The phrase coming? so is Christmas! is addressed to one who, saying coming! (i.e., in a minute), takes a long time to arrive. It is used by extension of anything that is being delayed.
For example, the following is from Disappointment that work on VEC 1 school extension has yet to start, published in The Argus (Dundalk, County Louth, Ireland) of Friday 24th December 2004:
Strong disappointment was voiced that a start as promised had not been made on the extension to Scoil Ui Mhuiri 2, Dunleer by the end of the year at the December meeting of Louth VEC.
Cllr. Tommy Reilly complained that all the committee received was promises and letters that it [= the extension] was coming. “So is Christmas,” he remarked.
1 VEC is the abbreviation of Vocational Education Committee, denoting a statutory local education body in the Republic of Ireland.
2 Scoil Uí Mhuirí is a multi-denominational post-primary school in Dunleer, County Louth.
The phrase is first recorded in A Complete Collection of Genteel and Ingenious Conversation, according to the Most Polite Mode and Method now used at Court, and in the Best Companies of England, by the Irish satirist, poet and Anglican cleric Jonathan Swift (1667-1745). Published in London in 1738 but composed in the first decade of the 18th century, this book is a satire on the use of clichés; its purported author, Simon Wagstaff, assures “the Reader, that there is not one single witty Phrase in this whole Collection, which hath not received the Stamp and Approbation of at least one hundred Years” (cf. in this regard the authentic origin of ‘to rain cats and dogs’):
[—Footman comes in.—
Lady Smart. Did you call Betty?
Footman. She’s coming, Madam.
Lady Smart. Coming! ay, so is Christmas.
The earliest occurrence of the phrase that I have found is from a letter to the Editor, published in The Sydney Herald (Sydney, New South Wales) of Monday 5th December 1836—The Australian was a newspaper published in Sydney:
I look upon the system of selling land as a good system, if the Government keep faith with the public, and appropriate every farthing of the money religiously, to the purpose for which it was raised, that of increasing Emigration […].
When I and others bought land years ago, I looked upon it as a sort of voluntary subscription for the increase of Emigration; but where are the Emigrants whose passage we all subscribed to pay for? The Australian says they are coming—so is Christmas; and my belief is, that the money is locked up in the Government coffers for purposes of patronage, and the settlers ought to remonstrate on such a shameful misappropriation of their money.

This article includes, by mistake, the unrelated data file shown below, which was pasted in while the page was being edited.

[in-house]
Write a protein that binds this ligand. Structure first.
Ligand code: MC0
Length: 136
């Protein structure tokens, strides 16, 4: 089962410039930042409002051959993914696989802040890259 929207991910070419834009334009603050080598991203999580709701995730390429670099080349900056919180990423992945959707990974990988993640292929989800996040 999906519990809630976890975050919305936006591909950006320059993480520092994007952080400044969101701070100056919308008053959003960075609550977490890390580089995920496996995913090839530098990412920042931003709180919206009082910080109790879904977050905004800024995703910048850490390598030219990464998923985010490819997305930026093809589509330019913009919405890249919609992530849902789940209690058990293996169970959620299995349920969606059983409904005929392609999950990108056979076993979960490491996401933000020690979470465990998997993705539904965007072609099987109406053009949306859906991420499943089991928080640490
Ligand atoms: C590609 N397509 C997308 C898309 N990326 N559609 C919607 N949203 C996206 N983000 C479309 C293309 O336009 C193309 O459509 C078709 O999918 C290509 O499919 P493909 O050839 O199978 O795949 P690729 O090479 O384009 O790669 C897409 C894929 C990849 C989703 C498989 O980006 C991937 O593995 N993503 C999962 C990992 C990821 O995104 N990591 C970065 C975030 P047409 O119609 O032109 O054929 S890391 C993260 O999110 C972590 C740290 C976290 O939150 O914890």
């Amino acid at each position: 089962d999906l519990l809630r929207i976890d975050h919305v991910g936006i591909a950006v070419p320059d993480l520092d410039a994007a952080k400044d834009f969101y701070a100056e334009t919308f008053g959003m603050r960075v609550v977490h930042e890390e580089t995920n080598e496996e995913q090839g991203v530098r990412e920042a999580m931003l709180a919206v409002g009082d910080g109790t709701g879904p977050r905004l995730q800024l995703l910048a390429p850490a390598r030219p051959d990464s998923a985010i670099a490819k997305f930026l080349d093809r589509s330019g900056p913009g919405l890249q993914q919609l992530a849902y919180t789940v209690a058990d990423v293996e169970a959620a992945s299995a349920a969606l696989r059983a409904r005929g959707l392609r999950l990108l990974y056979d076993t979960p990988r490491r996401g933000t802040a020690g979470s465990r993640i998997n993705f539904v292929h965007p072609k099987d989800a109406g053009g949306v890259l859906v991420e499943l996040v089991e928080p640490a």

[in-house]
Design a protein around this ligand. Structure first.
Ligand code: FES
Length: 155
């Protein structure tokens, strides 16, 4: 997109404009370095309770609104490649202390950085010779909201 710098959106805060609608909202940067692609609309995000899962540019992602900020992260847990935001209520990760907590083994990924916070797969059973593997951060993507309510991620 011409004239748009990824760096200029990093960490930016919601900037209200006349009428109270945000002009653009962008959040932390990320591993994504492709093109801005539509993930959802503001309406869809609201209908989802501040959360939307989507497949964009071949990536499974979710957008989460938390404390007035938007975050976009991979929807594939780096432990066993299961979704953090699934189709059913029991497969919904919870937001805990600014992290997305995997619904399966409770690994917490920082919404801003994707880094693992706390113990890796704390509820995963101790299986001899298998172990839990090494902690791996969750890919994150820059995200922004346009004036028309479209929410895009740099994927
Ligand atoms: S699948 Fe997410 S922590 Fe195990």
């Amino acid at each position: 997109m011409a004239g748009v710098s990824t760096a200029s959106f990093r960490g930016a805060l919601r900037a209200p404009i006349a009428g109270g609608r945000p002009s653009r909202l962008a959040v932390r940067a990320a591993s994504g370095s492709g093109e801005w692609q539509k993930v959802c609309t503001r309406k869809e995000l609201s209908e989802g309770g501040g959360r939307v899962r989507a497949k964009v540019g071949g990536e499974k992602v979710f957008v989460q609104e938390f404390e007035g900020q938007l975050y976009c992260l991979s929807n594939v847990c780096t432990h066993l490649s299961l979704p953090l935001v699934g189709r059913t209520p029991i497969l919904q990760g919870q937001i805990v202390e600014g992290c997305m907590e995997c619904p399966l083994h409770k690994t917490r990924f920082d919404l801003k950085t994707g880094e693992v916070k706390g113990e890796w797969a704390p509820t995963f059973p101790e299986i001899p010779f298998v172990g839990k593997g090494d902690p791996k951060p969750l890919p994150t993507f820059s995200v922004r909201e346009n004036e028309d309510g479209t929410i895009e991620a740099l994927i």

The second-earliest occurrence of the phrase that I have found is from the Wyoming Republican and Farmer’s Herald (Kingston, Pennsylvania) of Wednesday 26th April 1837:
Beauties of Spring.—On Sunday, April 23d, we had a fall of snow, commencing at about 9 o’clock in the morning, and lasting till late in the evening, which gave our mountains a mantle of nature’s purest white. Monday morning was ushered in with a North Wester, which would have done no disgrace to February.
“Spring-tide is coming! coming! coming!” So is Christmas.
The phrase then occurs in the proceedings of the Norfolk Quarter Sessions that “took place with reference to the “Hero of Redan,” Major-General Windham” 3—proceedings published in the Evening Mail (London, England) of Monday 22nd October 1855:
The Earl of Albemarle […] said […] it was the more imperative that he [= Windham] should receive the approbation of his countrymen, for, although 33 colonels were promoted and many of them received the Commandership of the Bath, he remained for nearly a twelvemonth unpromoted, undecorated, and unmentioned. There must be something rotten in the military system of this country that such merit remained so long neglected. (Hear, hear.) Sebastopol was now taken, and they naturally expected that the authorities would have thought proper to recommend Her Majesty to bestow some special honours upon General Windham. Those honours were coming, so was Christmas, and which would come first? The late distribution of honours reminded him (Lord Albemarle) of the strolling players who played the tragedy of Hamlet and omitted the part of Hamlet by particular desire; for the name of Charles Ash Windham, the only general who left the trenches on the 8th of September, was omitted from the list. (Laughter.)
3 The British Army officer Charles Ash Windham (1810-1870) had led the charge on the Great Redan to the south of the Malakoff redoubt at Sebastopol on 8th September 1855 during the Battle of the Great Redan in the Crimean War.
—Other posts referring to Christmas:
– an investigation into the Christmas Truce of 1914
– history of ‘Xmas’, abbreviated form of ‘Christmas’
– origin of ‘Boxing Day’ (the first weekday after Christmas Day)
– meaning and origin of the phrase ‘like turkeys voting for Christmas’
– history of the phrase ‘(all) dressed (up) like a Christmas tree’
– the phrase ‘what else did you get for Christmas?’
– ‘all one’s Christmases come at once’: early occurrences